03 July 2016

A deadly disease

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Your weekly Dose of Spurgeon
The PyroManiacs devote some space each weekend to highlights from the lifetime of works from the Prince of Preachers, Charles Haddon Spurgeon.  The following excerpt is from Words of Counsel, page 84, Pilgrim Publications.
"The resolve to do all as unto the Lord will elevate you above that craving for recognition which is a disease with many." 

It is a sad fault in many Christians that they cannot do anything unless all the world is told of it. The hen in the farm-yard has laid an egg, and feels so proud of the achievement that she must cackle about it: everybody must know of that one poor egg, till all the country round resounds with the news.

It is so with some professors: their work must be published, or they can do no more. “Here have I,” said one, “been teaching in the school for years, and nobody ever thanked me for it; I believe that some of us who do the most are the least noticed, and what a shame it is.”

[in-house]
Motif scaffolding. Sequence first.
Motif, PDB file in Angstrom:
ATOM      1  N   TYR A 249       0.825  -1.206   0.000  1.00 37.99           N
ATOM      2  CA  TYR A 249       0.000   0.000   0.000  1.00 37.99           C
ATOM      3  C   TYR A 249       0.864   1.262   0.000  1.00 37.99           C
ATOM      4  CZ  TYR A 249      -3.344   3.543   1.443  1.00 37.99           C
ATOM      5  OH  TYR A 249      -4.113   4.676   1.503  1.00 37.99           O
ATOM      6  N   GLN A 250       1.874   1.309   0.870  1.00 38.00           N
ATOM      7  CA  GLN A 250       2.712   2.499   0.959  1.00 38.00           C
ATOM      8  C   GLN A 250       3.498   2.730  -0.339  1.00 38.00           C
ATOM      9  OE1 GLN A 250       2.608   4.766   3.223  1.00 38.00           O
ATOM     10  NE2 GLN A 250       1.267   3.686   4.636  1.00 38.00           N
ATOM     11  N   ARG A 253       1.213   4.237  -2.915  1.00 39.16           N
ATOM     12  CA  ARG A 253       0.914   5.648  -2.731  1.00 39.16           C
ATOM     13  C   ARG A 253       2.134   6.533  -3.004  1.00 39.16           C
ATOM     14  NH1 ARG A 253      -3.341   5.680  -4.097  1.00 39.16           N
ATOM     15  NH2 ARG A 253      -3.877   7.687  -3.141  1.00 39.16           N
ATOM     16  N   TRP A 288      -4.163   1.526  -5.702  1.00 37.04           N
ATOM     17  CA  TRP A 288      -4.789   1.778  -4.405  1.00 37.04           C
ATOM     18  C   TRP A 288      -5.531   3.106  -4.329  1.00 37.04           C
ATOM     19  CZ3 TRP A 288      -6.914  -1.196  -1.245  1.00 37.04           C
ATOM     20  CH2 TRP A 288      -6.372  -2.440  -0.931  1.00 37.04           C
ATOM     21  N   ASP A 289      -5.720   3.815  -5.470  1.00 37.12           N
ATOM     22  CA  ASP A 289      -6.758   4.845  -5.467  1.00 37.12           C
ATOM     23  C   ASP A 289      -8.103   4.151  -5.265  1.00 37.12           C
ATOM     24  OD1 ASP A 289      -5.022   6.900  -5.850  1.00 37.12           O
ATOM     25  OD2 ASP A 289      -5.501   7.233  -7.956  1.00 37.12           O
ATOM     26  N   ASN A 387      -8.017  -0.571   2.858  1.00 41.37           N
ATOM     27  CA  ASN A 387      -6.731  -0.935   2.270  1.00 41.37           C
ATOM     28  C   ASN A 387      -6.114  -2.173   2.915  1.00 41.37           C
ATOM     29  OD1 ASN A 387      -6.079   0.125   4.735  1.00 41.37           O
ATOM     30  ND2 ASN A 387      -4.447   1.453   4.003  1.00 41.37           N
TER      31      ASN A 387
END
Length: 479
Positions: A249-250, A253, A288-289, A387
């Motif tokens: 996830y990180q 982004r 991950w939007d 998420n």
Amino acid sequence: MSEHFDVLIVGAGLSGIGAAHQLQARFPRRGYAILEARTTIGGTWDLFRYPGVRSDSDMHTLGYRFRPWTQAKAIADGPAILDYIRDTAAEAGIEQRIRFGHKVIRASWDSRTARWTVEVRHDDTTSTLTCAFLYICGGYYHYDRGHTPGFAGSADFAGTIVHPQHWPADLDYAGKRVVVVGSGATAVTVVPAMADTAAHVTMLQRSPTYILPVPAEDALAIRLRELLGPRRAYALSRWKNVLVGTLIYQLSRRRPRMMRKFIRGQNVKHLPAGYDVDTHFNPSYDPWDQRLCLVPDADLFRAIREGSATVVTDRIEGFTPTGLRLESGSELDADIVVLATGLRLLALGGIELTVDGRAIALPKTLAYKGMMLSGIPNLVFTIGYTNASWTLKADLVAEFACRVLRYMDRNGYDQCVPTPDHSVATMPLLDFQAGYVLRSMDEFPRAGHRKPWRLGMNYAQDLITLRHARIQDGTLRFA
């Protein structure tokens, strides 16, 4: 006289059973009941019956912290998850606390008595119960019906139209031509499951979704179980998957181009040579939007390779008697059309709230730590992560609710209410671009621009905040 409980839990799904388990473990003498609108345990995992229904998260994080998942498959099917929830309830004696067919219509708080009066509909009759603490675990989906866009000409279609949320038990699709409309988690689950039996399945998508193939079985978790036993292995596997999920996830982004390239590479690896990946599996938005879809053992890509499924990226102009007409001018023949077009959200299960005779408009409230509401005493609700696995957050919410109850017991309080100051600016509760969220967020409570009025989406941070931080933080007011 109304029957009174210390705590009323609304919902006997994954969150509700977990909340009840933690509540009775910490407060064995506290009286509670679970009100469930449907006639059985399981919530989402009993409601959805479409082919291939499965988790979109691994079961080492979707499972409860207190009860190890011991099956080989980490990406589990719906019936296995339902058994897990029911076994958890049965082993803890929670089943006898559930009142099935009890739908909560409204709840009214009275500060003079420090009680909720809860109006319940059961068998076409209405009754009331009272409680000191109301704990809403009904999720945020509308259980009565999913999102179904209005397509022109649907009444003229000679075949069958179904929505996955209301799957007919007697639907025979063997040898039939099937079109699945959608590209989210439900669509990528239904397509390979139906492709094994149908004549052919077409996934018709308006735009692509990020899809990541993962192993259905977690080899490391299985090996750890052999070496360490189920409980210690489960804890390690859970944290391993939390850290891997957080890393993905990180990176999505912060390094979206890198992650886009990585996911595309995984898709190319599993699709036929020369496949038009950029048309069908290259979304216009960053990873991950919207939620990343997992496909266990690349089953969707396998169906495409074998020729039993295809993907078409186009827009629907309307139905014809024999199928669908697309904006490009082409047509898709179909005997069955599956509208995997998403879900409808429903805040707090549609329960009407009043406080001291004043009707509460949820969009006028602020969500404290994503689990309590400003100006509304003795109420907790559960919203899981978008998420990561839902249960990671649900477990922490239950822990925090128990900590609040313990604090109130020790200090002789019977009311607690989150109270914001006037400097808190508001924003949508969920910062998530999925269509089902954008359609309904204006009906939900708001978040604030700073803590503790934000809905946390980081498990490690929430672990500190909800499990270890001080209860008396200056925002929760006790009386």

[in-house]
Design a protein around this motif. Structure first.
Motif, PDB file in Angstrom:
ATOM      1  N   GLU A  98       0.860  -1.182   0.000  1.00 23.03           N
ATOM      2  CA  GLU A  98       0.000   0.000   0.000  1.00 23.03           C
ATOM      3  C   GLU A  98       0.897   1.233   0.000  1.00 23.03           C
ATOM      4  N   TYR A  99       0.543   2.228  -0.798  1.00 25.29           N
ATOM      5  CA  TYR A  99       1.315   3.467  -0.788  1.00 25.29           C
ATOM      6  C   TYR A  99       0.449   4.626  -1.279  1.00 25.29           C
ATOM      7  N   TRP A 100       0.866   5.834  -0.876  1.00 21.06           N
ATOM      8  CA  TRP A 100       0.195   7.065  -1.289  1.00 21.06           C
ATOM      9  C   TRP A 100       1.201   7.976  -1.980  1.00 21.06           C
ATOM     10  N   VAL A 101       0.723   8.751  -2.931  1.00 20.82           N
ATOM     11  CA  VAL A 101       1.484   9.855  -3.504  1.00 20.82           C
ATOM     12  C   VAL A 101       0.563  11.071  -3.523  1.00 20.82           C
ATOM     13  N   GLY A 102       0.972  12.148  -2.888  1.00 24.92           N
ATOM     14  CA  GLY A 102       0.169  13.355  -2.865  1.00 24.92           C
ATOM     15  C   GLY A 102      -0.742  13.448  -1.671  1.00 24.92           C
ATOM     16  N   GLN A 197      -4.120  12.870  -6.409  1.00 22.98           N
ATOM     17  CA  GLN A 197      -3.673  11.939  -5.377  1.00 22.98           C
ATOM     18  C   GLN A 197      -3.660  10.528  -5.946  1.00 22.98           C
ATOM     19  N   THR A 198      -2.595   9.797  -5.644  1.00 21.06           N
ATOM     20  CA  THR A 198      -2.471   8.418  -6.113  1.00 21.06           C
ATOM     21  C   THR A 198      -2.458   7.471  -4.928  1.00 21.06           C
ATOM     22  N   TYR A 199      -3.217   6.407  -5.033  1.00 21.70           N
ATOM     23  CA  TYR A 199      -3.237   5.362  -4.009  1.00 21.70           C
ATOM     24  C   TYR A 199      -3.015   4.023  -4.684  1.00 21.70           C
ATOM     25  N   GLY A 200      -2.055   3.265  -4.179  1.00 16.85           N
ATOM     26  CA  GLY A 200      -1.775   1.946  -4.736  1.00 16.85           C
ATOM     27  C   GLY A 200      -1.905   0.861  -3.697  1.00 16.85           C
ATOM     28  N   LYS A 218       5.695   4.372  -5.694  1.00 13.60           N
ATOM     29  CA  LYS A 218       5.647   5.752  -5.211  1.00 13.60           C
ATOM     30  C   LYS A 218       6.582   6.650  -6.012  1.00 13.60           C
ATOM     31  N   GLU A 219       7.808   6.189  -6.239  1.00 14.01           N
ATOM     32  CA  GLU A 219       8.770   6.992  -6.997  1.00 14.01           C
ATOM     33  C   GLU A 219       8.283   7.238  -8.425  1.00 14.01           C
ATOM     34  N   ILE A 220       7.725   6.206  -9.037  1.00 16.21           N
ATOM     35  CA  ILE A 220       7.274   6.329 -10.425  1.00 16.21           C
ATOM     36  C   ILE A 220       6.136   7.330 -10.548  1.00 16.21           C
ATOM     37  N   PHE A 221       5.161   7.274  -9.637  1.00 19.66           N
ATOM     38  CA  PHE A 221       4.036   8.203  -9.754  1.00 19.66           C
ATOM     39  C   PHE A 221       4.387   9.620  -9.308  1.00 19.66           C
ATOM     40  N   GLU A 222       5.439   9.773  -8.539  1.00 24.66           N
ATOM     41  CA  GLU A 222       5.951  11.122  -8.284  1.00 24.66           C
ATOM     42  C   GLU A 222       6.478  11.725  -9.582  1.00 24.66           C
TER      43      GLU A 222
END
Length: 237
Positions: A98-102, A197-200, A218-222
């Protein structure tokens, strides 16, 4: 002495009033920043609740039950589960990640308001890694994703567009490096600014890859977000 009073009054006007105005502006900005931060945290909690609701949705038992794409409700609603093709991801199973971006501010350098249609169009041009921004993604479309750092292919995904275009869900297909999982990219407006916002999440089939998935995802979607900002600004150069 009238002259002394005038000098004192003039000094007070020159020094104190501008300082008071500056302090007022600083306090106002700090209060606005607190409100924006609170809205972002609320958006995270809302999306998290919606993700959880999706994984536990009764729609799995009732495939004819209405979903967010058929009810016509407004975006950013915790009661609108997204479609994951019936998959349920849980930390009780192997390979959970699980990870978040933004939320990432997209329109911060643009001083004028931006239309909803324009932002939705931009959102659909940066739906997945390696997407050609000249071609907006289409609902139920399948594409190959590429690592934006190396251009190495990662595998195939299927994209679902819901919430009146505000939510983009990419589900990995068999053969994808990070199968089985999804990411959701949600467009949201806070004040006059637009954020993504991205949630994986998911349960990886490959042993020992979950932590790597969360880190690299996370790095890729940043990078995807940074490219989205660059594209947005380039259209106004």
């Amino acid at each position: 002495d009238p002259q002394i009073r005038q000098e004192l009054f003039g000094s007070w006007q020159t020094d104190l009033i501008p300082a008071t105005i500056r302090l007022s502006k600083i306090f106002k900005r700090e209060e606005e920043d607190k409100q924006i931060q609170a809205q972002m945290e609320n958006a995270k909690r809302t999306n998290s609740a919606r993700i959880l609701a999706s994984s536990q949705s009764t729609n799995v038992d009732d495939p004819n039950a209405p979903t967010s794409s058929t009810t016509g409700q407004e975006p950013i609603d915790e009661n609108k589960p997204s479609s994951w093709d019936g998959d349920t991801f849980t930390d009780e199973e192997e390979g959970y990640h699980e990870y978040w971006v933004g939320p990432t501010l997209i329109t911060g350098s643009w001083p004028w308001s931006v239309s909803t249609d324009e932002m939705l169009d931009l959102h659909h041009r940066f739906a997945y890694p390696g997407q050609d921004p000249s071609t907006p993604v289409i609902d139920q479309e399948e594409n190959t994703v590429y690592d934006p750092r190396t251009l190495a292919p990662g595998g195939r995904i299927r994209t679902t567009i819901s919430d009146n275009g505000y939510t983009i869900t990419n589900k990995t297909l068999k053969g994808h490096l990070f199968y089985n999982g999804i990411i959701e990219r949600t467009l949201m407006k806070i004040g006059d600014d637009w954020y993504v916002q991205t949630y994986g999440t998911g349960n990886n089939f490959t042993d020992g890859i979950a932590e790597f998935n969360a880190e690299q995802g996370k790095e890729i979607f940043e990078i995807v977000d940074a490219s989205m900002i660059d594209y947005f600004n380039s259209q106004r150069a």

But if you have done your service unto the Lord you should not talk so, or we shall suspect you of having other aims. The servant of Jesus will say, “I do not want human notice. I did it for the Master; He noticed me, and I am content.

I tried to please Him, and I did please Him, and therefore I ask no more, for I have gained my end. I seek no praise of men, for I fear lest the breath of human praise should tarnish the pure silver of my service.”

If you seek the praise of men you will in all probability fail in the present, and certainly you will lose it in the future sooner or later.